Online brochures fudge. A ten-picture slide show and an outline of a floor plan can’t possibly paint an accurate image. The building is impressive, the lobby and 24-hour gym are great and my apartment is bigger than I expected. But the wall-to-wall carpet, itself a problem, is beige. The walls are peachy beige. Beige is the black oil that will permeate my being if I don’t rid my surroundings of it, and pronto.
My concerns about Bob being rejected were baseless. The doormen are armed with dog treats and Bob has already flirted with Angie, the daytime desk clerk. While there isn’t a shrub or tree within fifty feet of the front door, I think there’s a little park a block away. That’s fine. Now. But when it gets ten below zero, Bob has already been told he’s taking himself out.
The building is a little isolated when it comes to shopping or restaurants. The Uzbekistan and Philippine embassies are spitting distance but if I want a quick candy bar, I’ll have to order in.
I took a walk to Dupont Circle, which is six long blocks away, and I was caught in a biblical rain. The sky suddenly dropped to four feet above me. The wind swirled in a circle, blowing leaves in a miniature tornado. I expected to see Max von Sydow march down the street in a long priest’s robe. The rain trickled for a half-second then it came in solid blinding sheets. I became disoriented and ran the wrong way down Massachusetts, further away from my building. Once I passed the embassies of Zambia and Turkey , I knew I was in trouble and grabbed a cab home. I was soaked but it negated having to take a shower tonight so, you know, cool.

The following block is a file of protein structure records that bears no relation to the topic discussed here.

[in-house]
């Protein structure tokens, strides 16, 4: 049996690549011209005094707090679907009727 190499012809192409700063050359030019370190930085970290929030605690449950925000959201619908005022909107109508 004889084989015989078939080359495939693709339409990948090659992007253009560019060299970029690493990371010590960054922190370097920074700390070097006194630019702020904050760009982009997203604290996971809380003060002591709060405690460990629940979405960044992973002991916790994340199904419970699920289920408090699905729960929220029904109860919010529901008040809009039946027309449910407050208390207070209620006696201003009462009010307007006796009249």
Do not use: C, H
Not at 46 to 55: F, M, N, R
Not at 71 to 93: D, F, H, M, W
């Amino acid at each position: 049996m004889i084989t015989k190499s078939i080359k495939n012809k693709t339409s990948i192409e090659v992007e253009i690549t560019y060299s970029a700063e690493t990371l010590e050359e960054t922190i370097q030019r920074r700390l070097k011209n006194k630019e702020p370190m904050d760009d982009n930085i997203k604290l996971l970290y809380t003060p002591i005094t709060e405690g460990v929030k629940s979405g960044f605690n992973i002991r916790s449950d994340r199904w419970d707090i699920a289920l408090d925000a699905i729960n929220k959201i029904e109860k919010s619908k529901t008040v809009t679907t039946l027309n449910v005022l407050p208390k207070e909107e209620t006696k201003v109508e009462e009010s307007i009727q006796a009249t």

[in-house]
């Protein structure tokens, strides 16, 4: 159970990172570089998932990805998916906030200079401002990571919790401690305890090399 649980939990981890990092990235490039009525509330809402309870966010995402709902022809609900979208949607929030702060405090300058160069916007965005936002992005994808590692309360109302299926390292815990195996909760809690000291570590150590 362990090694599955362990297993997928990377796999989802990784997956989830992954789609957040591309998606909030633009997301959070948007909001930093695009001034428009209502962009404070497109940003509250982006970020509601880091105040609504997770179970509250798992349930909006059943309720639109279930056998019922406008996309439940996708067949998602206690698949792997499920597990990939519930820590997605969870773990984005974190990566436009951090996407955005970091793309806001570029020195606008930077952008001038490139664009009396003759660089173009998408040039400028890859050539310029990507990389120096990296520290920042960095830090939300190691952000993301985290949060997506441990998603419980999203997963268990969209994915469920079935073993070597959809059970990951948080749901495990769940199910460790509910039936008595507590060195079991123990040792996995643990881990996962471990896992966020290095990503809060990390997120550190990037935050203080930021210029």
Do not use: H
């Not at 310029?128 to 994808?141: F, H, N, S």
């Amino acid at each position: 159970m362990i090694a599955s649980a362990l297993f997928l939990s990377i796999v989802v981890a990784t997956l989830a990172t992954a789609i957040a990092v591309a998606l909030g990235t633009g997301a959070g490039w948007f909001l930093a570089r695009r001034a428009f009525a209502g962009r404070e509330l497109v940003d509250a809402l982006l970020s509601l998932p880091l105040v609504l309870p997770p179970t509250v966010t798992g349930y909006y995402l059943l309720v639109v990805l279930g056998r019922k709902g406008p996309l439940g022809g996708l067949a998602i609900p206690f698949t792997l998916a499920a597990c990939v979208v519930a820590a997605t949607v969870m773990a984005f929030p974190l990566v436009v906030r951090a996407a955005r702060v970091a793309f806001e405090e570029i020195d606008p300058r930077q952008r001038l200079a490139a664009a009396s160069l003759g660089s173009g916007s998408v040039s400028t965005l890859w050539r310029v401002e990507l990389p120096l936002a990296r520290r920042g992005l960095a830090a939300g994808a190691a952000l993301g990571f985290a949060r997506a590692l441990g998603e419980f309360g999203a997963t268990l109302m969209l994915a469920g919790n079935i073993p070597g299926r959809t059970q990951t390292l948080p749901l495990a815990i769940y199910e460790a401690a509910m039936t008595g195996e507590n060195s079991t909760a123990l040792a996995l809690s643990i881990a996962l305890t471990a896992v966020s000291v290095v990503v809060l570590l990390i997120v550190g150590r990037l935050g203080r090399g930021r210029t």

Tomorrow my furniture arrives. After they unpack it all, I am heading to Home Depot for paint, a paint that will kiss that beige goodbye.
I like the symmetry of moving from one two-lettered city to another. It makes it easier for me to remember.
I’m here, I’m safe, and Bob and me will make this place a home, at least for now.